Dues-Paying Membership In Teachers Union Has Collapsed Since Right-To-Work
MEA's persuasion and manipulative contract extensions not enough to keep teachers paying
By December 2013, Michigan’s new right-to-work law had been in effect for nine months.
The Michigan Education Association was collecting dues from 113,147 active members. Its spokesman said the union’s response to the new law was to get the word out to members about what the MEA could do for them.
Not mentioned was another tactic the union had employed, this one in the three months between the day the governor signed a right-to-work bill and the time it took effect. The new law would not apply to existing union contracts, which would continue to require school employees to pay union fees or dues until they expired.
And before the law went into effect, scores of school districts cooperated with the MEA to extend their teacher contracts for years into the future.
For example, Southgate Community School District signed a five-year teacher union contract on March 26, 2013, just two days before right-to-work became effective.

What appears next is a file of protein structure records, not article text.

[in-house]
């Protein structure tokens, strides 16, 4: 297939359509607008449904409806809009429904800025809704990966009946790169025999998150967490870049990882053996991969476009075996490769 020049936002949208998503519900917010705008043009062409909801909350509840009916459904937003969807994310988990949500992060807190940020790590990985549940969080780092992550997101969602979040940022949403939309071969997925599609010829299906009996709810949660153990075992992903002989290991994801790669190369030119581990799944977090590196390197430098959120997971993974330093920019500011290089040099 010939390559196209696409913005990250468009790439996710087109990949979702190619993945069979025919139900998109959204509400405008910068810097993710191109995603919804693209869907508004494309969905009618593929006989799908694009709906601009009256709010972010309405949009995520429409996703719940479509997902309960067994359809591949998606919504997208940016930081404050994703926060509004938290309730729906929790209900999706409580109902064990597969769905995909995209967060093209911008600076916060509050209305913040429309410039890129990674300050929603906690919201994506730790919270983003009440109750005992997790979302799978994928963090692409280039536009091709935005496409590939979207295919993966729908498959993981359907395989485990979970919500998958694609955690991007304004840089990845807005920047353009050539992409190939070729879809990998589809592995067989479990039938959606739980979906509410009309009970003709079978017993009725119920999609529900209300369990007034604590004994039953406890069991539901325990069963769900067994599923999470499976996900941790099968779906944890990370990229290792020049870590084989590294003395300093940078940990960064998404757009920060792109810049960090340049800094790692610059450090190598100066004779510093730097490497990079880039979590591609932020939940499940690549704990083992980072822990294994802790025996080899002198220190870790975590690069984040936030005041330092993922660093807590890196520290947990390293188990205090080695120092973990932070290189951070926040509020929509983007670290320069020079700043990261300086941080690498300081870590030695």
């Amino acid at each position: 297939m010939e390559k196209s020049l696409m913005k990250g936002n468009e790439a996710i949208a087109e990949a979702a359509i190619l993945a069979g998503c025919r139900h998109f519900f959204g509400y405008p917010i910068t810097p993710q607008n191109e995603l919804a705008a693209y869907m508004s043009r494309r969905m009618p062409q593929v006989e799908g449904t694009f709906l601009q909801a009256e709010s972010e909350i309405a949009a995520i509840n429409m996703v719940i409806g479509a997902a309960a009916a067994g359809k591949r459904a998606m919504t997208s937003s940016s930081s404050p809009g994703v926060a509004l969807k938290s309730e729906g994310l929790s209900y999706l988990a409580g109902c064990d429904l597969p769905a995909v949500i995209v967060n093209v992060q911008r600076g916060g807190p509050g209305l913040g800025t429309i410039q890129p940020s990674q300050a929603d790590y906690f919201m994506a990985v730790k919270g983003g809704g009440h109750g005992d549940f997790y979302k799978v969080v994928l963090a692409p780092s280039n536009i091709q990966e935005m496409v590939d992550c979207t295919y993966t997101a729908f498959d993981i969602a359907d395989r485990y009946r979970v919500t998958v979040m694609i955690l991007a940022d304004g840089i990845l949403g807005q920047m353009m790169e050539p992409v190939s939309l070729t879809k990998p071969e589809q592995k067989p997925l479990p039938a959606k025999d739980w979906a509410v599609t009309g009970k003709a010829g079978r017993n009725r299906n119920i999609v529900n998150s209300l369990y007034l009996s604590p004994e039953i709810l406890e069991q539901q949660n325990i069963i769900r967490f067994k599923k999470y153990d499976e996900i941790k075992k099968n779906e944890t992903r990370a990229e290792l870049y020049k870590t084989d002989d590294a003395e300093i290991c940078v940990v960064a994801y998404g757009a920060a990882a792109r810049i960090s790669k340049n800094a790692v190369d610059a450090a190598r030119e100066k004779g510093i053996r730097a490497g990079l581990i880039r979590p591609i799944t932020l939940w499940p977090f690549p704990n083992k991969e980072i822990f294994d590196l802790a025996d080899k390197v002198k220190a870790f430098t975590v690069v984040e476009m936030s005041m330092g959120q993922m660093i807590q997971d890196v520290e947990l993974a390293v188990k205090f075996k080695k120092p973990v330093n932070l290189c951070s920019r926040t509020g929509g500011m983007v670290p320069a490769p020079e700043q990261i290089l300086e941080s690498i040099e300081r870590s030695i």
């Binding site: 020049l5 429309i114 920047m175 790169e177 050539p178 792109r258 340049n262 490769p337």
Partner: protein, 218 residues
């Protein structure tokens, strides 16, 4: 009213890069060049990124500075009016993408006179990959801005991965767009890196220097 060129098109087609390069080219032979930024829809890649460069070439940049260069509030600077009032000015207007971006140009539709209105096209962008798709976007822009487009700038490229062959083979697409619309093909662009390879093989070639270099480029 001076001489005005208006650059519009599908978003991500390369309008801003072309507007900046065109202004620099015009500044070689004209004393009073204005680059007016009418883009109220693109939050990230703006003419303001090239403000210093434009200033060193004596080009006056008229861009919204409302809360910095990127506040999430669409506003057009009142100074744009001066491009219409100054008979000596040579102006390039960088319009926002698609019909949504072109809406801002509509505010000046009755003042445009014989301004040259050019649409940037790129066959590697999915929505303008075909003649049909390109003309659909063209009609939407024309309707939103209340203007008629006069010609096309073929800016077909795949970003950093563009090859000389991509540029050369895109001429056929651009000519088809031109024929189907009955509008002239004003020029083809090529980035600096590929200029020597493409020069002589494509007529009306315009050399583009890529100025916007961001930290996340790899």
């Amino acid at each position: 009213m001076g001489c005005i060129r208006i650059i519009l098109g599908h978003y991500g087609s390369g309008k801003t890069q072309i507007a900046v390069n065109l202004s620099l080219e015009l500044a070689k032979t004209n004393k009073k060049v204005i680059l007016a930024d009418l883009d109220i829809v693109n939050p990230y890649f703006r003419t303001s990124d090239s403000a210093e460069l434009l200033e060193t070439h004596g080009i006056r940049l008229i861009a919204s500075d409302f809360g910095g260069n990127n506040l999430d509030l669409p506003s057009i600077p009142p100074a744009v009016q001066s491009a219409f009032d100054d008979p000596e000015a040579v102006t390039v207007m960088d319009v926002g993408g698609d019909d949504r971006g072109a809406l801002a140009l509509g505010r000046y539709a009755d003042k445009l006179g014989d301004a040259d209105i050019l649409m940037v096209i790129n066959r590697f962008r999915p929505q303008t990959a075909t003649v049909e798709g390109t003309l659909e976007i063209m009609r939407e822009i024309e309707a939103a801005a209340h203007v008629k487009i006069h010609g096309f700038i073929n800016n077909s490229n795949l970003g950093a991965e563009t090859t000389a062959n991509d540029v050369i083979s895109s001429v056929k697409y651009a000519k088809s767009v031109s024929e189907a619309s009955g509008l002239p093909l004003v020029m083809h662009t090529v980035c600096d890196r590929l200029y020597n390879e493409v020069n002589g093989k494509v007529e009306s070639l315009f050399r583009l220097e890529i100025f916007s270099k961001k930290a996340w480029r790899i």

Six years later, the MEA’s active, dues-paying membership has fallen to 78,475, down 31%. That is despite the sales pitches and contract extensions.
Under right-to-work, employees in workplaces organized by a union – including people in most government and school jobs – can no longer be compelled to pay union dues or fees as a condition of employment.
“We don’t know what to expect,” the MEA’s Doug Pratt told the Detroit Free Press when the law was enacted in December 2013. “What we can do is continue to explain to our members why membership is of value. Have we had to increase our efforts on that? Sure we have.”
The MEA just released its own annual report last month, and it confirms what the union officials feared. The report also reveals that the union lost another 6,397 members in the past year. Since right-to-work became law, the MEA has lost 38,790 members.
The loss of dues-paying members is happening even though the total number of public school employees has risen. There were 340,019 public school employees — not just teachers — in the 2018-19 year. That’s an increase from the 319,567 in 2015-16. However, the MEA has seen its membership drop by 12,134 over that three-year span.
The MEA doesn’t respond to emails seeking comment from Michigan Capitol Confidential.
Michigan Capitol Confidential is the news source produced by the Mackinac Center for Public Policy. Michigan Capitol Confidential reports with a free-market news perspective.